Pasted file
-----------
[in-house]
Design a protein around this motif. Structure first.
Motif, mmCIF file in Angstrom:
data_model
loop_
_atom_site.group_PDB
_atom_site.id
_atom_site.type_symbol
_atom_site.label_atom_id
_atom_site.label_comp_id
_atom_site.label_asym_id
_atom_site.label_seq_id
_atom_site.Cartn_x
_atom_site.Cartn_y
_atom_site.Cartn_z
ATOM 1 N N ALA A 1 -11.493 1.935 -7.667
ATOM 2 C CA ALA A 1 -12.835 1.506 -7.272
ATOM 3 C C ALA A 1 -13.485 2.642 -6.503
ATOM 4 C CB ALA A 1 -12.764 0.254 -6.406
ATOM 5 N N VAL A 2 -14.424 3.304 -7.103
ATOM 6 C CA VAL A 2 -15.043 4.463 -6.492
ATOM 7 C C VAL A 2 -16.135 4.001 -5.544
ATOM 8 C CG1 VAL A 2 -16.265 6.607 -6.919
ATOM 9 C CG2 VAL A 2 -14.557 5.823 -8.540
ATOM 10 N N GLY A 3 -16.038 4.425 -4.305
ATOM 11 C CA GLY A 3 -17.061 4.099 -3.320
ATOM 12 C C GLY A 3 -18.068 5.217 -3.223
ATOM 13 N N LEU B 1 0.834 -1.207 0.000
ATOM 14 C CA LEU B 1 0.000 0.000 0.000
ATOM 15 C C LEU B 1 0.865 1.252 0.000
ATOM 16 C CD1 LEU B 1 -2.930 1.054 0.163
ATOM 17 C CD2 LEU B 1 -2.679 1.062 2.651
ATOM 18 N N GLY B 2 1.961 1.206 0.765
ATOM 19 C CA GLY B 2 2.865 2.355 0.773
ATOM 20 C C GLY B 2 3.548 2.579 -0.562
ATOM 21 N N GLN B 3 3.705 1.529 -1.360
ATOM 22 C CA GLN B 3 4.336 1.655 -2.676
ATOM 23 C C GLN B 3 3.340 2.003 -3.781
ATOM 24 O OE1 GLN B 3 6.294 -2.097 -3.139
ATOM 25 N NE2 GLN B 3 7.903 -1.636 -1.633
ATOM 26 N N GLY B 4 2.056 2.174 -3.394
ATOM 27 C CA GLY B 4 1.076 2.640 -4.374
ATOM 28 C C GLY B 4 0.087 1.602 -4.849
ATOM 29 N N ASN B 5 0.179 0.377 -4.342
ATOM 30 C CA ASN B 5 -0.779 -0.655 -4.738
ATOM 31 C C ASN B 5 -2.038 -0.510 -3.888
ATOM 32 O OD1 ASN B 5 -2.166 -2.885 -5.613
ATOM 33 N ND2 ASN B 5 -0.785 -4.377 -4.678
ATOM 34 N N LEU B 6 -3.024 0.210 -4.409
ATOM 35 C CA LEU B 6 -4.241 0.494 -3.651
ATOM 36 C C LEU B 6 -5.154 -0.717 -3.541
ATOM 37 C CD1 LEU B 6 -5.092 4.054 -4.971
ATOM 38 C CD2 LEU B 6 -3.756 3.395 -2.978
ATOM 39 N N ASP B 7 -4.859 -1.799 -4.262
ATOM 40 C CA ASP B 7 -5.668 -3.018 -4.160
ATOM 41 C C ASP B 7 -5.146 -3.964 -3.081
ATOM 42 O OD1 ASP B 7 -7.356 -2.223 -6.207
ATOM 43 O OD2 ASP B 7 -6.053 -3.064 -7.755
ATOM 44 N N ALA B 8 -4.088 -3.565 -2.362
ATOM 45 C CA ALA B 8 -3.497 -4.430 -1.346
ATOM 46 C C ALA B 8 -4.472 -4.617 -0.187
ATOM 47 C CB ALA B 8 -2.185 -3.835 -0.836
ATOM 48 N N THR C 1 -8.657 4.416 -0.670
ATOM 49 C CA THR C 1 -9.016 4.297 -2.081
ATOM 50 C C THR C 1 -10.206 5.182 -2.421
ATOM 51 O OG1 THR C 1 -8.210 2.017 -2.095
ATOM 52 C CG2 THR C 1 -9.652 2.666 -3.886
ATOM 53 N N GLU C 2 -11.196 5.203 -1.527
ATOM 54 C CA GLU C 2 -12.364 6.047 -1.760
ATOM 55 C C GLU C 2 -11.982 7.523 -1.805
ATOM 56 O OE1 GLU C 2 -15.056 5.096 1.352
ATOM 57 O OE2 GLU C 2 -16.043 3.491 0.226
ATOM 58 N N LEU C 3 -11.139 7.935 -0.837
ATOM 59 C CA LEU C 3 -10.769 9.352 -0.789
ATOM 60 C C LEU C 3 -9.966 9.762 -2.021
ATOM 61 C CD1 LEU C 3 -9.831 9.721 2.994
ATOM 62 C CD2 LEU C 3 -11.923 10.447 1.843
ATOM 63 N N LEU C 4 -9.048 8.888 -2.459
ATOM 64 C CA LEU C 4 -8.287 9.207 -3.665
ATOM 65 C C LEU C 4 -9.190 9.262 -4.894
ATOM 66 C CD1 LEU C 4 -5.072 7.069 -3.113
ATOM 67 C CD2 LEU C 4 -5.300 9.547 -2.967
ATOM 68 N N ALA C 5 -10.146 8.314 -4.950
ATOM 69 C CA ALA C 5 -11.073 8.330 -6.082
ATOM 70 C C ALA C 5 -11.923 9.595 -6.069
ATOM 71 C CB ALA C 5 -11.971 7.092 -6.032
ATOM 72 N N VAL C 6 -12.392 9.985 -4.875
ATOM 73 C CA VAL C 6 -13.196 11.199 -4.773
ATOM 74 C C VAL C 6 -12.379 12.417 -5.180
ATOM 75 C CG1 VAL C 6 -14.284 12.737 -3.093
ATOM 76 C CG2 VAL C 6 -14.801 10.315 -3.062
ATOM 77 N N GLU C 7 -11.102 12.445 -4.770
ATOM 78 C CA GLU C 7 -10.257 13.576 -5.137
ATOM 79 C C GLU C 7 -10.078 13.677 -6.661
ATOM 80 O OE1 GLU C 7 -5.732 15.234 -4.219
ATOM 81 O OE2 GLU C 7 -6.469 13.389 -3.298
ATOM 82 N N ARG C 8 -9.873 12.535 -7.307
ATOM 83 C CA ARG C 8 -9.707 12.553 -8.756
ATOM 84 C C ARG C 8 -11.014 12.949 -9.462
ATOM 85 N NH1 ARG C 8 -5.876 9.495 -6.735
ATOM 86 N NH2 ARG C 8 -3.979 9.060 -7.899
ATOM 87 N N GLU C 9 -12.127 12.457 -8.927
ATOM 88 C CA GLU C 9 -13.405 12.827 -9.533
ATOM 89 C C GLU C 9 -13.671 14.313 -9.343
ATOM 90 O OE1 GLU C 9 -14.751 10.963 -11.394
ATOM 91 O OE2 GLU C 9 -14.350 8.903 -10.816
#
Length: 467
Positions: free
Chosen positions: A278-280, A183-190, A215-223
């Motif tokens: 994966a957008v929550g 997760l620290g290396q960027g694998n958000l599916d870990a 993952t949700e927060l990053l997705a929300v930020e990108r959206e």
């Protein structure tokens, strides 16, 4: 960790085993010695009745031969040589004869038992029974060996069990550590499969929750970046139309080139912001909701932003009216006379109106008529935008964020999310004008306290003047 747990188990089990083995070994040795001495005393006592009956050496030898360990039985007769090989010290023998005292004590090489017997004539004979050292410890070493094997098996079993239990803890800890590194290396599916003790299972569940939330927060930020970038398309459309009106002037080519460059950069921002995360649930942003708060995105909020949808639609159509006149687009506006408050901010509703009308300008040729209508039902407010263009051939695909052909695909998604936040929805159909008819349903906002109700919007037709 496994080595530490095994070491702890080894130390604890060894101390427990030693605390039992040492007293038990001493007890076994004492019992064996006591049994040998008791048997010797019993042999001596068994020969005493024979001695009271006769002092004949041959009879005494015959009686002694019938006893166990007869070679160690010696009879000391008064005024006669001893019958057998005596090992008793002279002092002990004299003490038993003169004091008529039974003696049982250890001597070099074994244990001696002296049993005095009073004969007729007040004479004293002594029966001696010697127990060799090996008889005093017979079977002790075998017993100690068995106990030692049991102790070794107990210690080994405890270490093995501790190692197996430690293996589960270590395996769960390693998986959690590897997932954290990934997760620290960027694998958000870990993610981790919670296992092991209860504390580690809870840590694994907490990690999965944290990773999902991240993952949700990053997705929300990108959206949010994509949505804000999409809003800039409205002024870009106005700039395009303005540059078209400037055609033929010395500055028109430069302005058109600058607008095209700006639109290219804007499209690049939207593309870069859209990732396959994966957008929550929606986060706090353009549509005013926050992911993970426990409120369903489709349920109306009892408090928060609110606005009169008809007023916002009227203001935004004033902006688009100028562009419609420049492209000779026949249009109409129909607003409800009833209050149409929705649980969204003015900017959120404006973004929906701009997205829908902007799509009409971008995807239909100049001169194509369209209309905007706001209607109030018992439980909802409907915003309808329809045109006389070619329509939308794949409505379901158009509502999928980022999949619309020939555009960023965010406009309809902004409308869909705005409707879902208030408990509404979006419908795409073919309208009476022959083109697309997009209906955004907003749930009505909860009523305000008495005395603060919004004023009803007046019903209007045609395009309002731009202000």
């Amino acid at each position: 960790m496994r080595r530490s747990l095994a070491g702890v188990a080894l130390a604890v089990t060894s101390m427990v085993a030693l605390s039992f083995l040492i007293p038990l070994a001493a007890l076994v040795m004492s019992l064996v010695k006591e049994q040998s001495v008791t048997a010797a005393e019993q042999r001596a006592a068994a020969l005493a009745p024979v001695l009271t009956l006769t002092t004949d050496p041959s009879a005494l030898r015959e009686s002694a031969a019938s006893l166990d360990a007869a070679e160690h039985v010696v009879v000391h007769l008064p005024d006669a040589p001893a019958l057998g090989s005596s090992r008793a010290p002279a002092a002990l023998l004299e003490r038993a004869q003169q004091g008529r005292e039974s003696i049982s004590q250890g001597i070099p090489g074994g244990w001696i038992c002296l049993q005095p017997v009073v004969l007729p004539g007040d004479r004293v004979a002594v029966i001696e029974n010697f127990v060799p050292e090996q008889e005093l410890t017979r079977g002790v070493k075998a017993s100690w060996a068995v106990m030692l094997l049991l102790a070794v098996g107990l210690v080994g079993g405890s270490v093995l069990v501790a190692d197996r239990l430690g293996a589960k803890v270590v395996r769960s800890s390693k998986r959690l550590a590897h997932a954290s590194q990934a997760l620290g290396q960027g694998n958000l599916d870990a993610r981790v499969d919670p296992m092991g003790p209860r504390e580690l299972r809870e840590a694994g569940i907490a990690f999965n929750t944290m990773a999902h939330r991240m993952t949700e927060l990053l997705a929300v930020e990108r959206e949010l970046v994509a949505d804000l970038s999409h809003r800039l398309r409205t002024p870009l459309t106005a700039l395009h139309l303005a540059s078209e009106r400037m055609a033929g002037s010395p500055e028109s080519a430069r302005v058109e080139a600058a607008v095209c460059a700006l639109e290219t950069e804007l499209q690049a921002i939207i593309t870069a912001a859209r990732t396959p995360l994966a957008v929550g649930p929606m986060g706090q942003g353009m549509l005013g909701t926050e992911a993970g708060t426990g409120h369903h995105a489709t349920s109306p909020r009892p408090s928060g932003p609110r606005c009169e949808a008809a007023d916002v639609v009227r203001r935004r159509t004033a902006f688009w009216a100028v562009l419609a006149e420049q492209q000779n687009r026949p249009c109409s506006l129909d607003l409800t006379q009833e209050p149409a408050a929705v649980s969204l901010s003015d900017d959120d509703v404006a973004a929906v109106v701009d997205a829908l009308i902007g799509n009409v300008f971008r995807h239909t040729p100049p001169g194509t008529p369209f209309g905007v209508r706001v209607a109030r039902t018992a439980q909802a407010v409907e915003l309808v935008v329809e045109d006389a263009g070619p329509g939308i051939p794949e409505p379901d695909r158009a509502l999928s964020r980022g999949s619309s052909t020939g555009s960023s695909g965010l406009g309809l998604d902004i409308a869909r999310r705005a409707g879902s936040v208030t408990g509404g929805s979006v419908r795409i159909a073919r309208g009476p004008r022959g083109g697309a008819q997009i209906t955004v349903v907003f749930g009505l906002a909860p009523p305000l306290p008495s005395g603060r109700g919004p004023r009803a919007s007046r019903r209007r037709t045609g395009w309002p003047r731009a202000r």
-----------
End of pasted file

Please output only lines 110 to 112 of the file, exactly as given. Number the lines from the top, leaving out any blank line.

Chosen positions: A278-280, A183-190, A215-223
């Motif tokens: 994966a957008v929550g 997760l620290g290396q960027g694998n958000l599916d870990a 993952t949700e927060l990053l997705a929300v930020e990108r959206e």
């Protein structure tokens, strides 16, 4: 960790085993010695009745031969040589004869038992029974060996069990550590499969929750970046139309080139912001909701932003009216006379109106008529935008964020999310004008306290003047 747990188990089990083995070994040795001495005393006592009956050496030898360990039985007769090989010290023998005292004590090489017997004539004979050292410890070493094997098996079993239990803890800890590194290396599916003790299972569940939330927060930020970038398309459309009106002037080519460059950069921002995360649930942003708060995105909020949808639609159509006149687009506006408050901010509703009308300008040729209508039902407010263009051939695909052909695909998604936040929805159909008819349903906002109700919007037709 496994080595530490095994070491702890080894130390604890060894101390427990030693605390039992040492007293038990001493007890076994004492019992064996006591049994040998008791048997010797019993042999001596068994020969005493024979001695009271006769002092004949041959009879005494015959009686002694019938006893166990007869070679160690010696009879000391008064005024006669001893019958057998005596090992008793002279002092002990004299003490038993003169004091008529039974003696049982250890001597070099074994244990001696002296049993005095009073004969007729007040004479004293002594029966001696010697127990060799090996008889005093017979079977002790075998017993100690068995106990030692049991102790070794107990210690080994405890270490093995501790190692197996430690293996589960270590395996769960390693998986959690590897997932954290990934997760620290960027694998958000870990993610981790919670296992092991209860504390580690809870840590694994907490990690999965944290990773999902991240993952949700990053997705929300990108959206949010994509949505804000999409809003800039409205002024870009106005700039395009303005540059078209400037055609033929010395500055028109430069302005058109600058607008095209700006639109290219804007499209690049939207593309870069859209990732396959994966957008929550929606986060706090353009549509005013926050992911993970426990409120369903489709349920109306009892408090928060609110606005009169008809007023916002009227203001935004004033902006688009100028562009419609420049492209000779026949249009109409129909607003409800009833209050149409929705649980969204003015900017959120404006973004929906701009997205829908902007799509009409971008995807239909100049001169194509369209209309905007706001209607109030018992439980909802409907915003309808329809045109006389070619329509939308794949409505379901158009509502999928980022999949619309020939555009960023965010406009309809902004409308869909705005409707879902208030408990509404979006419908795409073919309208009476022959083109697309997009209906955004907003749930009505909860009523305000008495005395603060919004004023009803007046019903209007045609395009309002731009202000």